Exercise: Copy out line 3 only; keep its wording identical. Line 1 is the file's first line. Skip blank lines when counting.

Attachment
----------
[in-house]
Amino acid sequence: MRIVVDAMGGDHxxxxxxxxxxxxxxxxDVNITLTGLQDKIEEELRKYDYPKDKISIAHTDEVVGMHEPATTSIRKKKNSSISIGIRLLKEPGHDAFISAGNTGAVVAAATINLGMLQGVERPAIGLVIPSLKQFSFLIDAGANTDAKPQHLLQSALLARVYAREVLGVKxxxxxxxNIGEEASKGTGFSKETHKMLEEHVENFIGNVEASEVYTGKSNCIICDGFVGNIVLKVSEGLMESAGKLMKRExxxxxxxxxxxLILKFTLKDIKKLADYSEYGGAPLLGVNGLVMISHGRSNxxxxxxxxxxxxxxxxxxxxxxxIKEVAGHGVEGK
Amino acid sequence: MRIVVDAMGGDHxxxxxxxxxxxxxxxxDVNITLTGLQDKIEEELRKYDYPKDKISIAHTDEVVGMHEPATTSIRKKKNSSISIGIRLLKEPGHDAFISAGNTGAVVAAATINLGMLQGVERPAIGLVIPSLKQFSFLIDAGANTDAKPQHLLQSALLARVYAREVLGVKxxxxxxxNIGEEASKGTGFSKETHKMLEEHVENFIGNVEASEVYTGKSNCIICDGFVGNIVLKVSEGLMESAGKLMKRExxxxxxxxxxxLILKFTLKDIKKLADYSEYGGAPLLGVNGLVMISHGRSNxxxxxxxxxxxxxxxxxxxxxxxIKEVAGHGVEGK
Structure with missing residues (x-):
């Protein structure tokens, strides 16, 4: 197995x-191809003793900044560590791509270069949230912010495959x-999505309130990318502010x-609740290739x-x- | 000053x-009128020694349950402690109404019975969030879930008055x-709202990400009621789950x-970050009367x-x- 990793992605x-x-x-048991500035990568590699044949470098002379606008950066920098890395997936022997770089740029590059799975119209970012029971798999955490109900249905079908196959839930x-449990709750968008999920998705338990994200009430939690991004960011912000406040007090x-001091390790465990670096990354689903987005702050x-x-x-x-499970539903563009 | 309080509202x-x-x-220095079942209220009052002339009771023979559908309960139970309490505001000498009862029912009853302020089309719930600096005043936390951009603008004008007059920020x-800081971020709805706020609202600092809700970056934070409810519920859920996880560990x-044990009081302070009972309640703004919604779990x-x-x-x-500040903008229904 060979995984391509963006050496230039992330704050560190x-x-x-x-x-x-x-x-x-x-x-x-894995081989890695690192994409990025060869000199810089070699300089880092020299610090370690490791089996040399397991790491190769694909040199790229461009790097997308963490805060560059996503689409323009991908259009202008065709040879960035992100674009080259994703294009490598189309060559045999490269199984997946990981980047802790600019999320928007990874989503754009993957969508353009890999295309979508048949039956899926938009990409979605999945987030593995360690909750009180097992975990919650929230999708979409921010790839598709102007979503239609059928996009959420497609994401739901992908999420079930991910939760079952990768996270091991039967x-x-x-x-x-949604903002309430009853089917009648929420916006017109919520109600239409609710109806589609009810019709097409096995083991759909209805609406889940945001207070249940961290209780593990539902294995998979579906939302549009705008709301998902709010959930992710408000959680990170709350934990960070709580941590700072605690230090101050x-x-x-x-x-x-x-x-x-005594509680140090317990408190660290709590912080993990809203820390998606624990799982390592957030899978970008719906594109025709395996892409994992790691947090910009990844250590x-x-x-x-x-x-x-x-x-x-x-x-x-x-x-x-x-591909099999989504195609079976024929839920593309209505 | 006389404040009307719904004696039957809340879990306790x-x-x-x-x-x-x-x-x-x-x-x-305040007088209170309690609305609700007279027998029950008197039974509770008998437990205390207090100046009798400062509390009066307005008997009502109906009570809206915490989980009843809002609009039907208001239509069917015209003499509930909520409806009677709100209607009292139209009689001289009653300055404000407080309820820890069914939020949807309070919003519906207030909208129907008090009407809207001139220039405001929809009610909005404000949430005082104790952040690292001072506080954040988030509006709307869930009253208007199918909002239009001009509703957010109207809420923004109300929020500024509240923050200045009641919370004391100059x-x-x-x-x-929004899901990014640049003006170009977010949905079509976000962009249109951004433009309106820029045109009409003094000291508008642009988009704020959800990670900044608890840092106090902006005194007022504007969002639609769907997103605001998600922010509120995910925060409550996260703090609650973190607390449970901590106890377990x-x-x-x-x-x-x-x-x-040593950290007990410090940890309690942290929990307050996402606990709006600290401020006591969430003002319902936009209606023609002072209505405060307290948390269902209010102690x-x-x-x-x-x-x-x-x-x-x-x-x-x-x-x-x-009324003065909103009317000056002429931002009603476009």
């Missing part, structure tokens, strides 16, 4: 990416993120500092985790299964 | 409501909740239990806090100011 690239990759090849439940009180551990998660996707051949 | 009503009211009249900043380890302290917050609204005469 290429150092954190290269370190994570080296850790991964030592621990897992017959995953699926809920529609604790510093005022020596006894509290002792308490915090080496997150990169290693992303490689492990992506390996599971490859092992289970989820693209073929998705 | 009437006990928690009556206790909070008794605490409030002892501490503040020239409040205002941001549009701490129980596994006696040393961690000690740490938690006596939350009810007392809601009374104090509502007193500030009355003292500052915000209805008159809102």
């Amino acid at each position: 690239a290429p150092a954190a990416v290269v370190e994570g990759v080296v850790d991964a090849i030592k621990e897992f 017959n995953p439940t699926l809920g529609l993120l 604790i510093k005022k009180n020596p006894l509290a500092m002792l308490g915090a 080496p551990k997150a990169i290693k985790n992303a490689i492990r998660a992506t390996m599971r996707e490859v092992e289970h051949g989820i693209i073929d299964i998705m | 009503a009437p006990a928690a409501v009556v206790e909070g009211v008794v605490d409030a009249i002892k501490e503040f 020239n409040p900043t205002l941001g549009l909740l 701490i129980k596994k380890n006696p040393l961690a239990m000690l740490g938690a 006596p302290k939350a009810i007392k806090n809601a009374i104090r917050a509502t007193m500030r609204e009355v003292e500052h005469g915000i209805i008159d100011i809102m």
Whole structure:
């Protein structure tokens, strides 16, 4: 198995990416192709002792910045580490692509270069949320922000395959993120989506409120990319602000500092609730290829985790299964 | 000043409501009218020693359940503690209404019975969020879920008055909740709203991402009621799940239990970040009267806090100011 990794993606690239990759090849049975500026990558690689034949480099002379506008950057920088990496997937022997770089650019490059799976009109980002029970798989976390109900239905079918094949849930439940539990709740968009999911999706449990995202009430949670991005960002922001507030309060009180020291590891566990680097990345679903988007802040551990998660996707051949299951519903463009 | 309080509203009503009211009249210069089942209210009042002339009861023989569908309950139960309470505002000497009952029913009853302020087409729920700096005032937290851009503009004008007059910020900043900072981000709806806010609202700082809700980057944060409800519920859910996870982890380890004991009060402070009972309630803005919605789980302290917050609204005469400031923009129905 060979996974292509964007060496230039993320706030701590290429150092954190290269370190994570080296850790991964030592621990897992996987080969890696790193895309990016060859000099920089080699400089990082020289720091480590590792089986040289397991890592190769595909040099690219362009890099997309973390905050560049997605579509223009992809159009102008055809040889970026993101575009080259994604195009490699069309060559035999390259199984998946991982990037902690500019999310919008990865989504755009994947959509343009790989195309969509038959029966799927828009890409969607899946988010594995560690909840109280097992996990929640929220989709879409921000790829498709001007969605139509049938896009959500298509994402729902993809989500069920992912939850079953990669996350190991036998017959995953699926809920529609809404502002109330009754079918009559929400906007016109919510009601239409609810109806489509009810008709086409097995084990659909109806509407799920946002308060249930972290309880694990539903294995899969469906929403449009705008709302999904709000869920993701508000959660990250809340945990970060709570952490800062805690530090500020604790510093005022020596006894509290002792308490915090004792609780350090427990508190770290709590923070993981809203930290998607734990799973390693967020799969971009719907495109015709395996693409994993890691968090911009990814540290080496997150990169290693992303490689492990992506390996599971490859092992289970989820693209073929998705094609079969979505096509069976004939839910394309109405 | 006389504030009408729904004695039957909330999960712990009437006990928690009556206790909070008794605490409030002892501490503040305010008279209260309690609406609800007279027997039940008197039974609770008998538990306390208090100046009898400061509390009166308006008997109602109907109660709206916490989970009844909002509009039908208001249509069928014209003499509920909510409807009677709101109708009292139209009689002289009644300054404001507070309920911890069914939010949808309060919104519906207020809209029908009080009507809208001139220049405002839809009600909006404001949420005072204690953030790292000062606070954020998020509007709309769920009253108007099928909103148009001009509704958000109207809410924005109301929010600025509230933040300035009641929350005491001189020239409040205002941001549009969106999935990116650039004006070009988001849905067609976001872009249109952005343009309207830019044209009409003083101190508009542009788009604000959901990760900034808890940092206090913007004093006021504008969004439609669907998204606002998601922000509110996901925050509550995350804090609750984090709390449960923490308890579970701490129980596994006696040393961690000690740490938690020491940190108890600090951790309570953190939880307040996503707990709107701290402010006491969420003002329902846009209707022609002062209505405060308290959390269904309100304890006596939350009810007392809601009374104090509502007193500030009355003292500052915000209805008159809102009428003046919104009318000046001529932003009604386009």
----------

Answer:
Amino acid sequence: MRIVVDAMGGDHxxxxxxxxxxxxxxxxDVNITLTGLQDKIEEELRKYDYPKDKISIAHTDEVVGMHEPATTSIRKKKNSSISIGIRLLKEPGHDAFISAGNTGAVVAAATINLGMLQGVERPAIGLVIPSLKQFSFLIDAGANTDAKPQHLLQSALLARVYAREVLGVKxxxxxxxNIGEEASKGTGFSKETHKMLEEHVENFIGNVEASEVYTGKSNCIICDGFVGNIVLKVSEGLMESAGKLMKRExxxxxxxxxxxLILKFTLKDIKKLADYSEYGGAPLLGVNGLVMISHGRSNxxxxxxxxxxxxxxxxxxxxxxxIKEVAGHGVEGK